Three Amigos: Diaz Explores Featherless Bipeds in Latest Leisurely Expose on Baseness
Running time is always a point of contention when it comes the cinema of Lav Diaz, whose works, sometimes eight hours or more, tend to ensure to reception which arguably conveys the psychological effects of hazing on the minds of some cinephiles—to make it through such an endeavor in one sitting in a theater is, to some, the shiny gold participation star. As such, Diaz remains a divisive moniker amongst arthouse enthusiasts, which invites a fare share of snark from those who tend to dismiss him.Whatever one’s views about the necessity of editing and what a ‘proper’ running time for a narrative, standalone feature should be, Diaz remains a provocative fount of output, sometimes to his own detriment.
Andres (Don Melvin Boongaling) is struggling to make ends meet, having to provide for his mother and sister as one of many miners endlessly searching for gold on the remote Hugaw Island, a place also known as Sleeping Turtle Island or “Dirty” Island, where crime and prostitution are rampant. The medication for his sister’s medication is expensive, keeping him mired in debt, while his colleague and fair-weather friend Baldo (Nanding Josef) gouges Andres on a deal they made which allowed for him to achieve employment in the mine. Their mutual friend and co-worker Paulo (Bart Guingona) seems to be able to assuage things, seeing as he has an intense history with Baldo, and the three men decide to partake in a boating expedition which allows them to return with goods. However, they request to be dropped off on the remote, dangerous end of the island so as to avoid paying exorbitant fees on their bounties. Along the strenuous way, we learn some terrible secrets about Paulo and Baldo’s past while Andres uses a distressing situation to benefit himself.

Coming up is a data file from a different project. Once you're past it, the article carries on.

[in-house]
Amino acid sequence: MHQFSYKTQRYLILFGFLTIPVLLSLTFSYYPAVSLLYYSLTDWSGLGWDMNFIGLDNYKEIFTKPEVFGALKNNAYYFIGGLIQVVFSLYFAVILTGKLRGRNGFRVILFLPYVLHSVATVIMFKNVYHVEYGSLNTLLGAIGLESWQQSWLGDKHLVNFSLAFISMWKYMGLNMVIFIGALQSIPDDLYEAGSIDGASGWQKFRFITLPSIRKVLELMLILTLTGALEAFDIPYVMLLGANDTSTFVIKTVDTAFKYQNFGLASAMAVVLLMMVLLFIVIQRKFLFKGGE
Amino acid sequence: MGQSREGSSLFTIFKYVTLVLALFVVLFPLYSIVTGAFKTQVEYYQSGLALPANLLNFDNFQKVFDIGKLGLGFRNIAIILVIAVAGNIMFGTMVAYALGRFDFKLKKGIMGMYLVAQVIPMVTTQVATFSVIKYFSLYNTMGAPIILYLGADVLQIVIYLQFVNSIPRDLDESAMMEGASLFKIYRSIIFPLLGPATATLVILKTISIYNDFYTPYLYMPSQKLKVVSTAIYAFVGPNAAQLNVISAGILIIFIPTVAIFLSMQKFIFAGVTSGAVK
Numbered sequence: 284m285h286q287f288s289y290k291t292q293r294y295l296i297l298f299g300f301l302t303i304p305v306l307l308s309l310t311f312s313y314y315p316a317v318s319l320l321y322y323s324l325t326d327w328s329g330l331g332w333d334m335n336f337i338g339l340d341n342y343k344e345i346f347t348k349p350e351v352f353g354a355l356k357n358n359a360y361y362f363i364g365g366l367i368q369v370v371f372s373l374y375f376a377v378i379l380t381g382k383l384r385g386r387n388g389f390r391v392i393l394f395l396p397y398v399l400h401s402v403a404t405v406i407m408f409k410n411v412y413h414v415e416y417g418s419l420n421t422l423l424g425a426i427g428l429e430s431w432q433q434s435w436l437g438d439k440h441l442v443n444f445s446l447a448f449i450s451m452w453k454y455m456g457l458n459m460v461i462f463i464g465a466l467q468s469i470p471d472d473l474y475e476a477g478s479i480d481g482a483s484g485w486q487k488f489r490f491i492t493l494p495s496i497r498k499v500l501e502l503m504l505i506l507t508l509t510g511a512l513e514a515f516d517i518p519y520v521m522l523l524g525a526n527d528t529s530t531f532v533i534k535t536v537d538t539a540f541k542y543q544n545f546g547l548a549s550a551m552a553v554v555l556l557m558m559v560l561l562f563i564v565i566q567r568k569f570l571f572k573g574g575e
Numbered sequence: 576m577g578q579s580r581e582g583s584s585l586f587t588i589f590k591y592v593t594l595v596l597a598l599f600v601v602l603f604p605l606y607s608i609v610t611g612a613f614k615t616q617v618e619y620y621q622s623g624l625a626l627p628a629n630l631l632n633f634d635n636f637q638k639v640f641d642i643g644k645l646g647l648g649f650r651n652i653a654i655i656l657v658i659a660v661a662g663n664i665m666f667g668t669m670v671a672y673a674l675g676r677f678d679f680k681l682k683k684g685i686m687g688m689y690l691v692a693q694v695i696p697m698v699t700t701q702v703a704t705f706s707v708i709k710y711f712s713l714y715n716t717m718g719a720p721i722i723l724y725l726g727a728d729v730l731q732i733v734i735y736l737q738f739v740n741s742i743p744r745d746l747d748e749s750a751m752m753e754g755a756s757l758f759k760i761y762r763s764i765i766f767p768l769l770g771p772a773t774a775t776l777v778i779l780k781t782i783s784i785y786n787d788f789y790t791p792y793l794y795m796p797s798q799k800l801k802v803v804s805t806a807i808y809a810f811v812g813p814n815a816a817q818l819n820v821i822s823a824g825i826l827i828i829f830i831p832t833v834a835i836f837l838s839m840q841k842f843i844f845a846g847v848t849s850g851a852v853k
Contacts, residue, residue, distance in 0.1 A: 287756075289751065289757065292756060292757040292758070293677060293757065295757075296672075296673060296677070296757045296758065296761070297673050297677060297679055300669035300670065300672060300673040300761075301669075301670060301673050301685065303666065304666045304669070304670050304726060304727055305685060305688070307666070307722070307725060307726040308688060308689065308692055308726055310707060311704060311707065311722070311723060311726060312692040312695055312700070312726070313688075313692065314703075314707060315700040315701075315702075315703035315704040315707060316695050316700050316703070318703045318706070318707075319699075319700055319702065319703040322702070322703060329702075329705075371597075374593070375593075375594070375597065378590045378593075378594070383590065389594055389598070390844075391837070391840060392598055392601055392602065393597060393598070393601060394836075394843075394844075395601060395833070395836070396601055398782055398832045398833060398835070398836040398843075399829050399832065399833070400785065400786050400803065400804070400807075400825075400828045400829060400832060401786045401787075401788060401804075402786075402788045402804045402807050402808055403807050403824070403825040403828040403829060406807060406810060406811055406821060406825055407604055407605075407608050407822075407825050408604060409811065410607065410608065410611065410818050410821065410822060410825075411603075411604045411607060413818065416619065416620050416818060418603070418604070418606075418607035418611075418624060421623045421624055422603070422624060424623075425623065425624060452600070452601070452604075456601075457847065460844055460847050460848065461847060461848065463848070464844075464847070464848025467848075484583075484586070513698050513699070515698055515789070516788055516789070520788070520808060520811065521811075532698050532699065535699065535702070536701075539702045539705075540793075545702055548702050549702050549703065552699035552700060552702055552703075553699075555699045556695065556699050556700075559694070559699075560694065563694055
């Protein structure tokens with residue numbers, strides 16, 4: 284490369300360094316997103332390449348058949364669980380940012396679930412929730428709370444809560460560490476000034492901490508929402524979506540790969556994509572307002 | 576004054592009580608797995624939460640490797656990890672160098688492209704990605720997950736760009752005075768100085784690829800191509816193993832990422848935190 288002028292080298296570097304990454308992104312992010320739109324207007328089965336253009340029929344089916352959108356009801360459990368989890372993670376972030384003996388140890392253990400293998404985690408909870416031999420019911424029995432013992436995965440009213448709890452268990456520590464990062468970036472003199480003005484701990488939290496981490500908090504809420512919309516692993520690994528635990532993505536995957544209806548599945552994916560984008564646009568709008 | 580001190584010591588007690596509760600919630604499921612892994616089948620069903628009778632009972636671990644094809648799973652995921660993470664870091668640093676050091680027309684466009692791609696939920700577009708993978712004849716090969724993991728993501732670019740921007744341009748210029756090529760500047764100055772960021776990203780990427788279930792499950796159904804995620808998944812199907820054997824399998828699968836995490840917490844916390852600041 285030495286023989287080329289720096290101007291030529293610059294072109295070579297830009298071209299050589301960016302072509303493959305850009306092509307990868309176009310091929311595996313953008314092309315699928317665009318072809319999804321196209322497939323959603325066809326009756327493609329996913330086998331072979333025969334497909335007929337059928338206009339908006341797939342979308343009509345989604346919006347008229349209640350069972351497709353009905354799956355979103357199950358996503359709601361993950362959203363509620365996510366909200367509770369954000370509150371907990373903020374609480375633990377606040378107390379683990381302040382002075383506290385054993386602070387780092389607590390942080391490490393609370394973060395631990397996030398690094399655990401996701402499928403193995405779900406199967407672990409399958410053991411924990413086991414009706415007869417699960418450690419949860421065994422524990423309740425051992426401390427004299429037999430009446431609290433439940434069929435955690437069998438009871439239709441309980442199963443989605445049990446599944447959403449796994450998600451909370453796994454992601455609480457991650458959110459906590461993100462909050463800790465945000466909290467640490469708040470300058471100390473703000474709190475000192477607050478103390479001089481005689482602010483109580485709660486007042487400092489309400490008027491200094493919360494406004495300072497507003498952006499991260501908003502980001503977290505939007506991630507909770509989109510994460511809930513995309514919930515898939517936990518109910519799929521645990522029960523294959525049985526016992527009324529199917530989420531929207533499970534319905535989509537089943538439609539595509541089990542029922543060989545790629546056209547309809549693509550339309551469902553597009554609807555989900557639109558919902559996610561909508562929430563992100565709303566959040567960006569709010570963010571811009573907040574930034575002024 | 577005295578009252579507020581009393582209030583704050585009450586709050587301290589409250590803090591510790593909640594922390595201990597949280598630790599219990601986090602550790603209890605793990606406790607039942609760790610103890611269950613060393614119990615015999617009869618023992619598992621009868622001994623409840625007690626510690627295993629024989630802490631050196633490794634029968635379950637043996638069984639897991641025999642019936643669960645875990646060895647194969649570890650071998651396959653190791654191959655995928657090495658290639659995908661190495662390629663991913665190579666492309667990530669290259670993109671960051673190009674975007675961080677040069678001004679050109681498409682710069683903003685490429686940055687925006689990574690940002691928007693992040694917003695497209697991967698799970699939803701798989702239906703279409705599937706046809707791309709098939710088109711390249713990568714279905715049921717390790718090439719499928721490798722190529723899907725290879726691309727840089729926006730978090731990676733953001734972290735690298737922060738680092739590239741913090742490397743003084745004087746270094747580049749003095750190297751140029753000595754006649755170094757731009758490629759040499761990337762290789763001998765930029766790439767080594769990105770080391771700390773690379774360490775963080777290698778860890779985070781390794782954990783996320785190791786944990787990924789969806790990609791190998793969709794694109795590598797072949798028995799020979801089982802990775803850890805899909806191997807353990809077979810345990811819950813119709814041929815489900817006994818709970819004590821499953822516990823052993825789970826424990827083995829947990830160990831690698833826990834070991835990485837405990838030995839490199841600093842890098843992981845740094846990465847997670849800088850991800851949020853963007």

While featuring more of his signature pristine black-and-white photography, which feels about as indifferently edited as many a Diaz offering, Genus, Pan suffers from some of the same audio issues evident in his celebrated 2014 title From What Is Before, which took home the Golden Leopard at Locarno. Considering Diaz’s last stint in Venice, 2016’s The Woman Who Left, took home the Golden Lion, his inclusion in the Horizons sidebar with his latest seems a bit telling, perhaps more for being less compelling than an overall statement of the auteur’s craftsmanship.
Ostensibly, this is a miniature version of Joseph Conrad, with three men drifting into the jungle in search of profits. Not unlike an esoteric poor man’s Apocalypse Now (1979), everything plays out expectedly as three disparately connected men end their sojourn with tragic demise, the results of which are delayed due to Andres’ attempts to cover up what actually happened. Eventually, we’re shown what transpired, but the effects of this are already dulled by Diaz’s inability to really instill any sense of empathy for any of these characters, who he seems to hold in contempt, or at least like specimens wallowing in their own limitations rather than making any kind of supposedly noble choices which would likely elevate them based on their options at hand.